Is the universe friendly? (By Geoff Olson, Common Ground)
- A fundamental experiment in quantum physics involves shining a beam of light at a barrier with two open slits. Some of the light gets through the barrier, forming an interference pattern on a screen. This indicates light has the property of a wave. Yet if you close one slit, leaving the other open, the light appears as just a single shaft of light built up photon by photon on the screen, which indicates that light has a particle property.
Forget for a moment that no one has ever truly figured out how light can be both a particle and a wave at the same time, things which are as different as baseballs and Bach fugues. The critical part is that how it behaves depends upon the experimental setup. Ask nature a question a certain way, and you get a certain answer. (According to quantum physicist Werner Heisenberg, “What we observe is not nature itself, but nature exposed to our method of questioning.”)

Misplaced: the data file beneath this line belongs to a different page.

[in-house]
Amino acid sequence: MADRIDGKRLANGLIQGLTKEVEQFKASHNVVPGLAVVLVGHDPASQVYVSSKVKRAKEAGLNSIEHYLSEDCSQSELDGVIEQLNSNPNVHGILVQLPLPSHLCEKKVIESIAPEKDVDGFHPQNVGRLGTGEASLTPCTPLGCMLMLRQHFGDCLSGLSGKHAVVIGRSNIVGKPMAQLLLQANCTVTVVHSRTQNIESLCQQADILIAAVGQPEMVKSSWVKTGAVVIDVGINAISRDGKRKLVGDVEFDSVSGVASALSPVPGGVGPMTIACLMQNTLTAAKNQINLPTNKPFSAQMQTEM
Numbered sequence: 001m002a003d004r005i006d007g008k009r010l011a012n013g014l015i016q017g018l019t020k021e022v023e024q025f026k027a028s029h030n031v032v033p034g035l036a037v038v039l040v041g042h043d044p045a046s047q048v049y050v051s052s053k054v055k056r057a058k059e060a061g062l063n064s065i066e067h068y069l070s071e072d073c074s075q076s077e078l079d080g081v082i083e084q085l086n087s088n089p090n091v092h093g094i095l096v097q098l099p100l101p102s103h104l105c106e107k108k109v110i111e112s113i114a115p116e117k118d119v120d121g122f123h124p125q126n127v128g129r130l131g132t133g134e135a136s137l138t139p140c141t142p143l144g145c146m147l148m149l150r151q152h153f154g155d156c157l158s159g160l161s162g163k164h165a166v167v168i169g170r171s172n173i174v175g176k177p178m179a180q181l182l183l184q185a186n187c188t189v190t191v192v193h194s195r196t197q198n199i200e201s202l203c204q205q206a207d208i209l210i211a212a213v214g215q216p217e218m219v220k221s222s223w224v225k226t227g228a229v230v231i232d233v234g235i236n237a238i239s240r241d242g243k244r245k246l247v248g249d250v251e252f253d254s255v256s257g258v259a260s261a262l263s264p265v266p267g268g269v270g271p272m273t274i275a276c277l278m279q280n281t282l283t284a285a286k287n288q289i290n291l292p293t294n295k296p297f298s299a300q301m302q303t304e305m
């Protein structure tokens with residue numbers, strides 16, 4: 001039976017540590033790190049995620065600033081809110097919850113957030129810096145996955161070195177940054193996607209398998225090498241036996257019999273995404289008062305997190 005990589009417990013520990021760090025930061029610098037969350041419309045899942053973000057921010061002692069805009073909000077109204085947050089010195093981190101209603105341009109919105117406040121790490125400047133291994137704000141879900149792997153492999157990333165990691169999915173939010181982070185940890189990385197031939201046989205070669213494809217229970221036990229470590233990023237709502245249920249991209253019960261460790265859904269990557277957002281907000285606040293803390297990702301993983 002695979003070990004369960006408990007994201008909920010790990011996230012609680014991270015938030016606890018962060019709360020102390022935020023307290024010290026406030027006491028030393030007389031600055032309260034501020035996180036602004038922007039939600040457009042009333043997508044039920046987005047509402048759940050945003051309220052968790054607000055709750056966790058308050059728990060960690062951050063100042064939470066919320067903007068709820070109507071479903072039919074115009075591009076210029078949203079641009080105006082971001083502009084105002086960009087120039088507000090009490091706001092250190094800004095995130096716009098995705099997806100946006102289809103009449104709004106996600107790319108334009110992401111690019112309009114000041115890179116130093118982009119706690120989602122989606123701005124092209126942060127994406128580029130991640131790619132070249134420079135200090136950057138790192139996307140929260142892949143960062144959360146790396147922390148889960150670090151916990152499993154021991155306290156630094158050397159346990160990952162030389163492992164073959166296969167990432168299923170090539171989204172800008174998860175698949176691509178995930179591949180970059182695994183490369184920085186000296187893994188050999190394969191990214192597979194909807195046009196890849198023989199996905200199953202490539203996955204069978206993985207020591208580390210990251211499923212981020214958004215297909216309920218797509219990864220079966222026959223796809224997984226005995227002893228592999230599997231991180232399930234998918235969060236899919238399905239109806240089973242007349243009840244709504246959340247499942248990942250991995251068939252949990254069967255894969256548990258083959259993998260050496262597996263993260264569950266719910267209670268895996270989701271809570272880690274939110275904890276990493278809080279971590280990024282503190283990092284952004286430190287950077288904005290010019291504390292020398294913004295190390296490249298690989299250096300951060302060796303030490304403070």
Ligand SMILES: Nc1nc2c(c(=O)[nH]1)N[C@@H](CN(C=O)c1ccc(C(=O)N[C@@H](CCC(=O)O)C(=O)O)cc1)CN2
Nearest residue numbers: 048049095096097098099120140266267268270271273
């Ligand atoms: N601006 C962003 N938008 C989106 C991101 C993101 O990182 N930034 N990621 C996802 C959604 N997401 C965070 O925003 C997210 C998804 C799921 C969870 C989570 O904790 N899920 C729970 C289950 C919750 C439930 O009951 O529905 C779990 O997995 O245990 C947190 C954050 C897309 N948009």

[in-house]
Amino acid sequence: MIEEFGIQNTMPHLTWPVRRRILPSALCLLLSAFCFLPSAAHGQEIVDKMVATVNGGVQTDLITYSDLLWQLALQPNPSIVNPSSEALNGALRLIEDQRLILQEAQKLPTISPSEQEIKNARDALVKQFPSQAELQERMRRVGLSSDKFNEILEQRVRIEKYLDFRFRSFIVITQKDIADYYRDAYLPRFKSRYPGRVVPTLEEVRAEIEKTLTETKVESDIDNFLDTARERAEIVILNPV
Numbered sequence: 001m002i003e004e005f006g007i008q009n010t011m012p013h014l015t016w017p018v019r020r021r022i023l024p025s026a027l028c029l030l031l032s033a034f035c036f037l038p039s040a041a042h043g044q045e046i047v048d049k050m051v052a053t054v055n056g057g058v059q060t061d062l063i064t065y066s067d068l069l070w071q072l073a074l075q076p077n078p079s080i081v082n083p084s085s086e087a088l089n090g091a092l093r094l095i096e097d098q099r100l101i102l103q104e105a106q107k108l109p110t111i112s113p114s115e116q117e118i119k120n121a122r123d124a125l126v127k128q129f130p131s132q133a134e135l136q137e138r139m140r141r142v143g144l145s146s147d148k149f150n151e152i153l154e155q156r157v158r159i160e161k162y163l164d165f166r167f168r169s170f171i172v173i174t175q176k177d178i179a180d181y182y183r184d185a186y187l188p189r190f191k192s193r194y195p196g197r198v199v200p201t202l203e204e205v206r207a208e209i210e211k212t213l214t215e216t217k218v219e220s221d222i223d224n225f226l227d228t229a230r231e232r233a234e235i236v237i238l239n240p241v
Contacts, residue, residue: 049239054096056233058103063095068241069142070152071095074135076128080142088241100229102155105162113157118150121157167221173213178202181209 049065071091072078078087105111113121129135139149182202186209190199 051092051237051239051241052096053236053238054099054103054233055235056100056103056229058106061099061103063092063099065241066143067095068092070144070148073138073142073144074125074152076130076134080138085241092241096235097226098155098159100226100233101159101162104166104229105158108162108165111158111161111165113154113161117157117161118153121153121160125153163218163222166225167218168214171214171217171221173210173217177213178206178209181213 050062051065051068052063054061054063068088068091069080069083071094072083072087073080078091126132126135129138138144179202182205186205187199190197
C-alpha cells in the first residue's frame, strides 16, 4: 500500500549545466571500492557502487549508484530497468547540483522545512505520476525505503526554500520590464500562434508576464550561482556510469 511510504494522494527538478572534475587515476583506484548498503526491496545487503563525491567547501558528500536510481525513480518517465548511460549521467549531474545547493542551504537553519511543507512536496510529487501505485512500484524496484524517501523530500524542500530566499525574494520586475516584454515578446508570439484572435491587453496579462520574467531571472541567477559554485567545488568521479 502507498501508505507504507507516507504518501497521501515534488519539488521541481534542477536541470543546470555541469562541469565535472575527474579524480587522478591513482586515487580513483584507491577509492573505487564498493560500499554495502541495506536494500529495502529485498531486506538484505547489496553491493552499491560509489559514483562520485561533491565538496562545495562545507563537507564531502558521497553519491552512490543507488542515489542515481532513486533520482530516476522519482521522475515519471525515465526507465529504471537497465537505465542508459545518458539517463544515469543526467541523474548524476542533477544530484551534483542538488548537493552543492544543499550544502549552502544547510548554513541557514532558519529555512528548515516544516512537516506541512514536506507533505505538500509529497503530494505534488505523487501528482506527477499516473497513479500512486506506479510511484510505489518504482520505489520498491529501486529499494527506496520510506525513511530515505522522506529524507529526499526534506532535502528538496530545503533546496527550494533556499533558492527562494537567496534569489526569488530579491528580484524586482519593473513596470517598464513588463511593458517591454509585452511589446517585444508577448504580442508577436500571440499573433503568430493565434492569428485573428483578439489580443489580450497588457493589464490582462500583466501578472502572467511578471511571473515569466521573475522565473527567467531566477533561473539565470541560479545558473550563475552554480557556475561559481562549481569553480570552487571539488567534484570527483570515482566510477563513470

... In other words, the nature of the question determines the reality you perceive. Our choice plays a critical role in determining the outcome of a situation in our local space-time - at least for experiments with photons.
If our choices have this kind of dynamic going with the quantum world, the question then becomes how deep does this craziness run? Scientists insist such paradoxical phenomena are limited to the nano-world of the quantum. At larger scales, they are smudged out by the cancellation of a huge number of differing quantum states. It’s called “decoherence,” and it prevents the Alice in Wonderland weirdness of quantum physics from erupting into the kitchen, boardroom, or lab.
Yet with the discovery of “microtubules” in human neurons, there is some evidence that the human brain may actually process some information on a quantum level, which may or may not reopen this whole can of worms for the macro level of reality. More here
Nuclear spintronics: quantum Hall and nano-systems
Nano on the brain